Design Flows At 5nm And Beyond

Simple flows are the vestige of a bygone era.


It’s probably the first time that you’ll ever hear an old (well, old-ish!) person say this, but things were easier back in my day. 40 nanometers was the most advanced node that I ever designed SoCs at and, although it wasn’t easy back then, it pales against the myriad of challenges facing designers today.

Back then, compartmentalization of function and roles was relatively easy. We do design-planning and front-end design at the beginning, there is a blurry hand-off phase but then we happily go into back-end design and then we’re “relatively” done. We then do timing sign-off coupled with some remedial fixes for closure, a little bit of top-level re-optimization, final top-level closure, and then we’re off to the races. In the last few months of design it was more about thorough bug-hunting (hopefully negative; especially in your blocks!) but this period was also mostly focused on package signoff and cleanup. By this time, if you just did RTL coding, your life was a quiet one or more likely, you’ve moved on to the next chip.

Akin to introducing today’s 10-year-old kids to your 90-minute mix-tapes that you recorded off the radio to share with your friends, such a flow is now very much the vestige of a bygone era. What is most glaring however, is how different the latest demands already are and, as we project forward to 5-nm-and-beyond, how staggeringly different they are becoming for future nodes.

Margins are of course nothing new, but as processes have shrunk, the number and scope of them has increased. In their rawest sense, margins are, in the words of Donald Rumsfeld, the “known unknowns” and the “unknown unknowns.” These are the things that we either can’t or haven’t modeled in some effective way. Nonetheless they are needed to ensure the design is reliable, manufacturable and often just as important, implementable.

Process related margins have long been the target of innovation. As we progressed from flat margining, on-chip-variation (OCV) derates through to advanced OCV derates, and more recently parametric OCV derates, we have managed to significantly reduce the amount of pessimism (and optimism!) in the cell-timing design-analysis flow. Without such advances, a growing proportion of the clock period would be lost to margin. More recently, there has been innovation to additionally target other forms of variation – those in the wires and vias – that have again been traditionally modeled as a flat margin. By addressing such variation in a programmatic way, we are again able to free up additional scope for more optimal power, performance and area for any given design.

The second class of margins has, until now, had less of a focus applied to it. These are the margins that are design-flow related. Systemic margins that exist due to the way that design flows have traditionally been constructed – the point tool solution. As designs are handed off from one level of accuracy and abstraction to the next, margins are used to smooth that transition or to account for differences in the way that aspects of the design are modeled. These systemic margins not only limit the maximum achievable power, performance, and area in a similar way to process margins, but can also negatively impact design convergence and ultimately time-to-results.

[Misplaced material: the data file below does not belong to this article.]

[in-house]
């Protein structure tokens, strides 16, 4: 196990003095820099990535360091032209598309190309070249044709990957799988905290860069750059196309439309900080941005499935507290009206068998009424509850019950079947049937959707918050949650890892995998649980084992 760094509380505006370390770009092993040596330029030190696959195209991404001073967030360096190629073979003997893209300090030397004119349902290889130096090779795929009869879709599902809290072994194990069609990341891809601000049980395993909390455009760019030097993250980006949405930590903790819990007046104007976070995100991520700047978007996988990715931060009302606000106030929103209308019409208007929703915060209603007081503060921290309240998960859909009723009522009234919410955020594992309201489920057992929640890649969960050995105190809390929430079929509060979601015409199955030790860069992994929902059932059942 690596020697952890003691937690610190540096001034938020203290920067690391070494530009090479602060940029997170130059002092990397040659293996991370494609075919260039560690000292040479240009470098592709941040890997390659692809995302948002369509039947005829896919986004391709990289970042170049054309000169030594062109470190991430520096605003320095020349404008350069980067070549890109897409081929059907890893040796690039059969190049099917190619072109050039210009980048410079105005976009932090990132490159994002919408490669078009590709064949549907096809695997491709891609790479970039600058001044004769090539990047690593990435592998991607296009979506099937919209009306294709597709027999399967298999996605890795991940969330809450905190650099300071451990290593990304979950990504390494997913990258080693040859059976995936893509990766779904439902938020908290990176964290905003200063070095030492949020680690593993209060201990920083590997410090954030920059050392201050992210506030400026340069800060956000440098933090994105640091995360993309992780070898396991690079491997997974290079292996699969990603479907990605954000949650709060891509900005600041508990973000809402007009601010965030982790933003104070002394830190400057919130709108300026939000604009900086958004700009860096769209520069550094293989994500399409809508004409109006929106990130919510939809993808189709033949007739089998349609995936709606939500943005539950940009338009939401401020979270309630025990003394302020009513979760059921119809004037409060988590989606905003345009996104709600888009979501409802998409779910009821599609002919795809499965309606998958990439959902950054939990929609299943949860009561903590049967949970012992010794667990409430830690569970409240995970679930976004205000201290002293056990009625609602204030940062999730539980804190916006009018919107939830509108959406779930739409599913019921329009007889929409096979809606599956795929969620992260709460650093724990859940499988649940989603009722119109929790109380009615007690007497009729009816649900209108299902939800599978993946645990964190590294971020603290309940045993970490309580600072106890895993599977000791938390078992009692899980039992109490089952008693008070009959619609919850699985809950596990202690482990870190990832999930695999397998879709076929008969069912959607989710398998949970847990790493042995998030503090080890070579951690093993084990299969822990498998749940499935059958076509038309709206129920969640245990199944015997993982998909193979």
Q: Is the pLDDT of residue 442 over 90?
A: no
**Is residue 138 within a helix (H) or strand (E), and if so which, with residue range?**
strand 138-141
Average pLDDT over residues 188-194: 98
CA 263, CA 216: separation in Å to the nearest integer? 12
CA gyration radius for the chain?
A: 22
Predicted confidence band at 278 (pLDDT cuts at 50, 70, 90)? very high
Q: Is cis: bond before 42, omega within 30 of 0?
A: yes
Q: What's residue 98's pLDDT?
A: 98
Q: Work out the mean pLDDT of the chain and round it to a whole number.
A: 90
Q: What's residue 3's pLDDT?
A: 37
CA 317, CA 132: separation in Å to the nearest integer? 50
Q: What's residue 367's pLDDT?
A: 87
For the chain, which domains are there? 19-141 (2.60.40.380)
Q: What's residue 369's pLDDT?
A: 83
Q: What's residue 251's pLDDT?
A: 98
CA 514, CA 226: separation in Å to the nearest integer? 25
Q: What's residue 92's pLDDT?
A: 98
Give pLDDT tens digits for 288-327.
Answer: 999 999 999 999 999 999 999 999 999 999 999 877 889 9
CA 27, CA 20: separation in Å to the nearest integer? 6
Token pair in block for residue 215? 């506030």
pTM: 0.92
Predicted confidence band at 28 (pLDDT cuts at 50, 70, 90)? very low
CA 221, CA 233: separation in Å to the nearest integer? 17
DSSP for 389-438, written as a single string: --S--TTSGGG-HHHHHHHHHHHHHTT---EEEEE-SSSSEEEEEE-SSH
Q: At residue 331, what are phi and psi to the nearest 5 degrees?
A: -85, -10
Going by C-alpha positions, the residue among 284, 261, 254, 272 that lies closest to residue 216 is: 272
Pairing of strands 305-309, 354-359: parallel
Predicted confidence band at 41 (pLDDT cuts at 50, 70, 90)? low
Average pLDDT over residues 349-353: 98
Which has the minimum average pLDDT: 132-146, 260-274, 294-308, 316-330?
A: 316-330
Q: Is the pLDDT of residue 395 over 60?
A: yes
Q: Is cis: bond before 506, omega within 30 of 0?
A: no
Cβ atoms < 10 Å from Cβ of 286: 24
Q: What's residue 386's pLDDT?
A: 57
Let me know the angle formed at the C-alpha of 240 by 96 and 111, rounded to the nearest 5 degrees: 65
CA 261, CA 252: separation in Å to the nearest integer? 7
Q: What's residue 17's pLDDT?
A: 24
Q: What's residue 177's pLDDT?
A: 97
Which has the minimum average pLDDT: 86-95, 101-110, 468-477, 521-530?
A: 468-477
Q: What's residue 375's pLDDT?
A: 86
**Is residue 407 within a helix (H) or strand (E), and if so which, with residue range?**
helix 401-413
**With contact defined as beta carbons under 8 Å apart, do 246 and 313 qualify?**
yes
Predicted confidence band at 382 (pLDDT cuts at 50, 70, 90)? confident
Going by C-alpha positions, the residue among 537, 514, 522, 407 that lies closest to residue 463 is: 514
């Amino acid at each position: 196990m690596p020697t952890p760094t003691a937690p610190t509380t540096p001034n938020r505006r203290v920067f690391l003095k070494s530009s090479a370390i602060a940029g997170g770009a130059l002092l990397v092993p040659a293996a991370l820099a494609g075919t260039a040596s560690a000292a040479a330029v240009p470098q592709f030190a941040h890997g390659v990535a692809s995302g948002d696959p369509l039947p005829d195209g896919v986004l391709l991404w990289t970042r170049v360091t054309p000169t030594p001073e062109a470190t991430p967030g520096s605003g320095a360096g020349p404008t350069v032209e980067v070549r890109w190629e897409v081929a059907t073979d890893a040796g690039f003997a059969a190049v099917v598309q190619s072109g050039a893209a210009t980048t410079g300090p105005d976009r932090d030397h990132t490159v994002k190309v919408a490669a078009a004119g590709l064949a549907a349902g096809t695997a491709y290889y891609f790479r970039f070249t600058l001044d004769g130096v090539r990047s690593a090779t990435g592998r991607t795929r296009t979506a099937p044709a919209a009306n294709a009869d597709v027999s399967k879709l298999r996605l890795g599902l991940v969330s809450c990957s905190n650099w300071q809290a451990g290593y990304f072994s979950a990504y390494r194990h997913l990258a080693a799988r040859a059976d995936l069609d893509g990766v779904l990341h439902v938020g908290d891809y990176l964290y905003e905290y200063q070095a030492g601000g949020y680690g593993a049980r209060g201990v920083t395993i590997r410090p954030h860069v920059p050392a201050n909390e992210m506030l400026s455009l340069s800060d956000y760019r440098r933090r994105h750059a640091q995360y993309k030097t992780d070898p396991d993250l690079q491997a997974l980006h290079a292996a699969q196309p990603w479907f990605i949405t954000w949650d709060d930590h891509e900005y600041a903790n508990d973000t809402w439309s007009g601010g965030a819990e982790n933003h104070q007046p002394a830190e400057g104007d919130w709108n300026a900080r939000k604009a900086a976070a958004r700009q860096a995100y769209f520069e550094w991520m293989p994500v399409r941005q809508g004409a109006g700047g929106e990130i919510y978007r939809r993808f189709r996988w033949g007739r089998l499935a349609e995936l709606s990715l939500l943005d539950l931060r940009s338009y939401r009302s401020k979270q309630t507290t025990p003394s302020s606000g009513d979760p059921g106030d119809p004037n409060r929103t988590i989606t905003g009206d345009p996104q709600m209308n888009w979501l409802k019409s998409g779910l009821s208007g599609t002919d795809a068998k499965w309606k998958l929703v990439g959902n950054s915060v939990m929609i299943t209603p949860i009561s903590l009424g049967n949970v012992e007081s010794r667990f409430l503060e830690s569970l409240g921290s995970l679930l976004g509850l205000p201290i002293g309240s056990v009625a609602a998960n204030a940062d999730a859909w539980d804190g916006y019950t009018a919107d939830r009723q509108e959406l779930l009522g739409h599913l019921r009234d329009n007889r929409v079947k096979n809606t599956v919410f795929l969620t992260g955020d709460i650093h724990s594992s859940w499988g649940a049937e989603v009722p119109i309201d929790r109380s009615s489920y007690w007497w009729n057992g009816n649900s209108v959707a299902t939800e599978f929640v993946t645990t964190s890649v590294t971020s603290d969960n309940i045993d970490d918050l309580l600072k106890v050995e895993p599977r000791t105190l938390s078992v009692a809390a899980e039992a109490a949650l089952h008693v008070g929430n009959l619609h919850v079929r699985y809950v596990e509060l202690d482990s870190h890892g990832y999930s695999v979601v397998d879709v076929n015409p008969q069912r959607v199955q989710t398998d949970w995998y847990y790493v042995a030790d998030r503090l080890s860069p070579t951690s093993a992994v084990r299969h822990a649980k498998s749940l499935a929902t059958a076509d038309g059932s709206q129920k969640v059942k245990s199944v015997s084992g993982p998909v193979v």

Doing it the right way
Synopsys Fusion Technology has been described as offering a solution to address these issues. But what really are these transformative benefits and how do they relate to the design flow at large?

If we go back to my 2000’s-esqe mix-tape design flow, the world of design seemed a lot easier then. This was because the interaction between tools in the flow was less important. Granted, you still wanted good correlation between synthesis and place-and-route for example, but you could always margin enough so that the handoff was made easier. With today’s processes, margining in such a brute force way is neither productive nor cost effective.

If I think about it, we likely left a significant amount of QoR on the table as everything was pre-conditioned to be “safe” in the hand-off. Safe is of course good, but safe is margin and margins are money.

If we now look at Fusion Technology within the Synopsys Design Platform, it aims to collapse the need for those margins by not just sharing technologies, but by making advanced quality-of-results (QoR) focused technologies available at any point in the flow. With Design Fusion we can now imagine a handoff flow where the place-and-route engineer is enabled to re-target for more optimal area, timing or power as the requirements change by leveraging logical re-synthesis much later in the flow. In a similar vein, the synthesis engineer can now evolve their flow by having access to advanced clock-tree-synthesis (CTS) engines while still in early phases of the design flow. For high-speed cores or places where multi-source CTS will later be deployed, this early insight into latencies and insertion delay can ensure that both under and overdesign do not occur. Reducing margins, and simplifying the flow for the end user.

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